The above interpretation of the testimony of faith comes from an undisputed Imām of tafsīr. It is the interpretation that fully utilizes the richness and power of the Arabic language and it refuses any artificial intellectual constraint. The āyāt that support it are truly countless, and can be found in the words of Allāh and His Messenger, as well as the wonder of Allāh’s creation; for they all point to the unseen Creator as the only being worthy of our deepest affection, devotion, and worship.
La ilaha illa Allah according to Ahl Al-Kalam
For the scholars of speculative theology (ahl al-kalām), the word ilāh does not mean ma’lūh or ma’būd, an object of worship; but rather it only means rabb, the Lord, and the omitted predicate from the testimony of faith: lā ilāha illa Allāh, is “existent” (mawjūd); thus rendering the meaning to be: There is no Creator/Maker existent (out there) except Allāh.
The Lord is the one who creates, sustains, and has mastery over all matters. For the scholars of speculative theology (ahl al-kalām) this is the extent of their belief in Allāh. As for their belief in the Oneness of Allāh in terms of His right to be worshipped (ulūhiyyah) and Oneness in terms of His Names and Attributes, they diverged from the understanding of the Muslim nation (ummah) on this matter.
The reality behind this misinterpretation by the scholars of speculative theology (ahl al-kalām) is that they were influenced by a theological discourse external to the Qur’ān and Sunnah, and came instead from ancient Greek philosophy. They interpreted ilāh as “a being capable of creation”. Thus, the testimony of faith will be interpreted as: “There is no being capable of creation other than Allāh”.
Any believer of God not afflicted with spiritual apathy will recognize that the difference between these two interpretations is vast. The first is a mandate that all devotion, love, and worship must be directed singularly to the One, unique God and the latter simply requires that one not recognize any other being as sharing in the creation or control of the world around us.
The Prophets and the Messengers found their people as believers in Allāh as their Lord, but still insisting on venerating others beneath Him; for they took: ‘to worshipping deities other than Allāh’. Had the call of Prophets been that there is no Lord save Allāh, they would not have faced such opposition. The Quraysh of Makkah would not have gone to war with the Prophet SAW and his followers had they not denounced the worship of any save Allāh. When they heard the call of the Prophet: “Laa ilāha illa Allāh”, they would remark in disgust: ‘Does he claim that all the deities (aalihah) are [but] one God (ilāh)?’, meaning, has he just made all our idols that we worship into one deity for worship. The pagan Arabs recognized that Allāh exists and is the Lord and Creator of the universe, yet that conviction did nothing to lift the charge of polytheism (shirk) from them. It was only through rejecting the worship and adulation of all beings except Allāh that they were able to escape this colossal sin and be accepted into the fold of Islam.
The Quraysh of Makkah did not attribute the creation and control of the world to their idols, but rather that they worshipped these things in the belief that they would intercede for them: ‘And those who take protectors besides Allāh say: We worship them only that they may bring us nearer to Allāh. Indeed, Allāh will judge between them in that wherein they differ. Indeed, Allāh does not guide those who are false and ungrateful’. Mujāhid, one of the most accomplished and renowned students of Ibn Abbās, said in regards to this verse: “This is how Quraysh feel about their idols, and others feel the same about the angels, or Īsā the son of Mary, or Uzayr”.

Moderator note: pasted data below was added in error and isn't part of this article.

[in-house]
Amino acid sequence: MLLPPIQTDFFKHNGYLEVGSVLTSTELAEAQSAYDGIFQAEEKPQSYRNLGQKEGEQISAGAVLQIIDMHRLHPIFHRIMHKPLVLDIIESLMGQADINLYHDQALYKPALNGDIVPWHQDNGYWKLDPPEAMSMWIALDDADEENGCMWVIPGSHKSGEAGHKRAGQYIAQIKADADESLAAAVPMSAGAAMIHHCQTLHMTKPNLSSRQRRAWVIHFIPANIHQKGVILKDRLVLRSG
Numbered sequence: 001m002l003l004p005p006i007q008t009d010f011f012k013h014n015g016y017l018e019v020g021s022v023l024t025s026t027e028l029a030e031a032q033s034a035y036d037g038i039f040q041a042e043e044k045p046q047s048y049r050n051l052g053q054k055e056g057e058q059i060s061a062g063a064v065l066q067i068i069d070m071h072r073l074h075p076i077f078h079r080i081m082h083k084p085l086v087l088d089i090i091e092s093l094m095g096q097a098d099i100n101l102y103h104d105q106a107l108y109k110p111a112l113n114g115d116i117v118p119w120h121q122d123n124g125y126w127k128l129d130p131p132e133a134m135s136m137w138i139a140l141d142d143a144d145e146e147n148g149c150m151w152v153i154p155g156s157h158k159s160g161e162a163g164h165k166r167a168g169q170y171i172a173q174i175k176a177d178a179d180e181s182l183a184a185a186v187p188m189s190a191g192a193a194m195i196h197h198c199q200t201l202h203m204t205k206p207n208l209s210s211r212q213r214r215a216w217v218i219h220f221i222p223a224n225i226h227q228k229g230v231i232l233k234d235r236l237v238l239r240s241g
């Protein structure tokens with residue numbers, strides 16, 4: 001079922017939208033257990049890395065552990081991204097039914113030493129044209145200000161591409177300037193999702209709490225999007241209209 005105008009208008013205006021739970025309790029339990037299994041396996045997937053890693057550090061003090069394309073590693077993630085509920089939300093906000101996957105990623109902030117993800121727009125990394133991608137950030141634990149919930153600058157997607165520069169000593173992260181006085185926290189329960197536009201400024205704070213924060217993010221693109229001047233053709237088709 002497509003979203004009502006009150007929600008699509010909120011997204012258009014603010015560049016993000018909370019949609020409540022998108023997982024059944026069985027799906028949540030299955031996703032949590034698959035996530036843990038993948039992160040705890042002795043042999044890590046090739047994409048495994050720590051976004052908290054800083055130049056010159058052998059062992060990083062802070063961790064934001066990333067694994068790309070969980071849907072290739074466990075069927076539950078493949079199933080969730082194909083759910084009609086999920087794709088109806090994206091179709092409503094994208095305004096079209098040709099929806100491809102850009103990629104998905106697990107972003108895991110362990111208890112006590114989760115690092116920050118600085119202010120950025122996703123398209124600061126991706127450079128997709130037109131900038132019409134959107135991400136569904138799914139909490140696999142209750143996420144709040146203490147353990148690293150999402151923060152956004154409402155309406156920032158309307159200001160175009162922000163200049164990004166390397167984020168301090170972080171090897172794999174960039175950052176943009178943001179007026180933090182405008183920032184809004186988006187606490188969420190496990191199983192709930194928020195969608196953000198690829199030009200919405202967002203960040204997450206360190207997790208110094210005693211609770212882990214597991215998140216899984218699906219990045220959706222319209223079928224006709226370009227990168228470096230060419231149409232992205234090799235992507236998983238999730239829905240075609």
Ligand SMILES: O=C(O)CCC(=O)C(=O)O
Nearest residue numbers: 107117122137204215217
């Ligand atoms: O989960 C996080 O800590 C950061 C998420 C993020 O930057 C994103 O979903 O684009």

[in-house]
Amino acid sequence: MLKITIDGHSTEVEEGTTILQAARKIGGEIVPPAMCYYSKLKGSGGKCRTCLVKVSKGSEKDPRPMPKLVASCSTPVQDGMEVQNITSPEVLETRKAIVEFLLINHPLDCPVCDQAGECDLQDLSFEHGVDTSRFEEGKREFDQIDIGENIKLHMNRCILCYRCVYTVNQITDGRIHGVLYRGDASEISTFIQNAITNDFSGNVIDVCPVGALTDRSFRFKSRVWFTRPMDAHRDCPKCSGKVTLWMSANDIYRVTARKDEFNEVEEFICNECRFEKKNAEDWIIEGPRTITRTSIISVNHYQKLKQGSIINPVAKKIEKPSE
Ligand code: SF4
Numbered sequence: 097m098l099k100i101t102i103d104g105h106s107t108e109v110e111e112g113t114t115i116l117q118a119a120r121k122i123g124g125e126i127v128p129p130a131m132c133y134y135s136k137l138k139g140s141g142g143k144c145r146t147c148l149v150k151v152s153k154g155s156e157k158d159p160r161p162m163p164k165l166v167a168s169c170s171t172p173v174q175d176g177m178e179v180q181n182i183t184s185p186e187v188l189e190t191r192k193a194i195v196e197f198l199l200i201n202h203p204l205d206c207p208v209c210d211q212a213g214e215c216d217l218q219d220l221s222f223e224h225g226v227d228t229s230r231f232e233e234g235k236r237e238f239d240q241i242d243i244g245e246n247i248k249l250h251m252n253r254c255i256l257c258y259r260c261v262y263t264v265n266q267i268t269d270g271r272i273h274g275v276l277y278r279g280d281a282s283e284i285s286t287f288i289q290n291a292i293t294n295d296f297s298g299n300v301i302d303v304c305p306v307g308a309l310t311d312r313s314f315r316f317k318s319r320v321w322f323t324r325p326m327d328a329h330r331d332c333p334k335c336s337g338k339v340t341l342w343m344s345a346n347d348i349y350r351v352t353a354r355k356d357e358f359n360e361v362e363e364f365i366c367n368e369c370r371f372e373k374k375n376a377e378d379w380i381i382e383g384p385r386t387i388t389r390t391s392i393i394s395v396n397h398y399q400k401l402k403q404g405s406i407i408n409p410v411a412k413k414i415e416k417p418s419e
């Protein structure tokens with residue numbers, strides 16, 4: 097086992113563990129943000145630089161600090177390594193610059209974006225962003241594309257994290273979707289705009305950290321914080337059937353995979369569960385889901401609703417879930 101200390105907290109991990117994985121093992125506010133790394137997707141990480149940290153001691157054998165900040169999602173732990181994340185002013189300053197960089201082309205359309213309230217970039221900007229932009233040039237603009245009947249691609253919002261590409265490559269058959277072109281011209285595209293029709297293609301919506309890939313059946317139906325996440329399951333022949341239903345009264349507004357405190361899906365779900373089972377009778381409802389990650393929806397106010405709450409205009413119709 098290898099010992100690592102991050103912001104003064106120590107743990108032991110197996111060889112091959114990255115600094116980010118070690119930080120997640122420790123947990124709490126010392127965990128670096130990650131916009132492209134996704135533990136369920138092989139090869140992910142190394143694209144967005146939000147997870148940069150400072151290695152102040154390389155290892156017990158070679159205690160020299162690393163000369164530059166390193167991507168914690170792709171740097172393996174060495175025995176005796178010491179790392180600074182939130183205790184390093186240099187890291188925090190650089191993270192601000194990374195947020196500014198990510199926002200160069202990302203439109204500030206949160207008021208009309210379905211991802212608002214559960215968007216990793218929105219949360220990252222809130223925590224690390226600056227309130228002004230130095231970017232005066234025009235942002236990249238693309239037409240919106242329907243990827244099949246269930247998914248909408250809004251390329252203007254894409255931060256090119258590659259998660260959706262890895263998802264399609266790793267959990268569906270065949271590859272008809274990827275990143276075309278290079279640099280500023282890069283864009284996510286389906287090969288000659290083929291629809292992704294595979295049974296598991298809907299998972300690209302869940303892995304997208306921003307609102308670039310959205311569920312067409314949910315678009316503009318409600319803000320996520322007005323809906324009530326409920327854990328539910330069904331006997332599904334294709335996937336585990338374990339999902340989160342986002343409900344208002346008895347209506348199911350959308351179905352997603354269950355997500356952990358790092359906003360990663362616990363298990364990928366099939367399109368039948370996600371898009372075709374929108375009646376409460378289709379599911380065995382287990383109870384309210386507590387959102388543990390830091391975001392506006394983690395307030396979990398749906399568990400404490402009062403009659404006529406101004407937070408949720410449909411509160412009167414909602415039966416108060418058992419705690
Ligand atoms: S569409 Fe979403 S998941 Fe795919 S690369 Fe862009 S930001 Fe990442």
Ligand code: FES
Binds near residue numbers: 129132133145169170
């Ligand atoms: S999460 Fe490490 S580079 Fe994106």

Thus the nature of the relationship between the pagan Arabs and their gods was that they worshipped them in the name of intercession. Yet, these were understood to be their taken gods (as the Qur’ān itself attests) despite the fact that they did not assign the status of Creator or Sustainer to these idols.
Dr Haitham al-Haddad’s explanation of al-Aqeedah al-Tahawiyyah will soon be published as a hardback book. Islam21c have exclusive rights to share extracts from the book for its readers, and will be posting certain sections of the book on a weekly basis. The book: al-Aqeedah al-Tahawiyyah, is a short text outlining the aqeedah of Ahl al-Sunnah in short statements. Each extract posted is a complete explanation of any one of those statements.
 Q. Al-A’raaf: 7, 85.
 Q. Al-Zukhruf, 43: 26.
 Q. Al-Baqara: 2, 256.
 See Jāmi’ al-Bayān fī tafsir al-Quran by al-Tabari, Surah Āl-‘Imrān: 1.
 See point 33 for an explanation of this term
 See Sharh al-Usul al-Khamsah by Abdul Jabbar for the Mu’tazilite opinion & Kitāb al-Irshād by al-Juwayni and Qawā’id al-Aqā’id by al-Ghazali for the Ash’arite position.
 Q. Maryam: 19, 81.
 Q. Sād: 38, 5.
 Q. Al-Zumar, 39: 3.
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Dr. Haitham al-Haddad is a jurist and serves as a judge for the Islamic Council of Europe. He has studied the Islamic sciences for over 20 years under the tutelage of renowned scholars such as the late Grand Mufti of Saudi Arabia as well as the retired Head of the Kingdom’s Higher Judiciary Council. He specialises in many of the Islamic sciences and submitted his doctoral thesis on Islamic jurisprudence concerning Muslim minorities. Shaikh Haitham is highly respected having specialised knowledge in the field of fiqh, usul al-fiqh, maqasid al-shari’ah, ulum al-Qur’an, tafsir, aqidah, and fiqh al-hadith. He provides complex theories which address the role of Islamic jurisprudence within a western environment whilst also critically re-analysing the approach of Islamic jurists in forming legal rulings (ifta’) within a western socio-political context. He has many well known students most of whom are active in dawah and teaching in the West. The shaikh is an Islamic jurist (faqih) and as such is qualified to deliver verdicts as a judge under Islamic law, a role he undertakes at the Islamic Council of Europe as Islamic judge and treasurer. Dr Haitham al-Haddad also sits on various the boards of advisors for Islamic organisations, mainly in the United Kingdom but also around the world.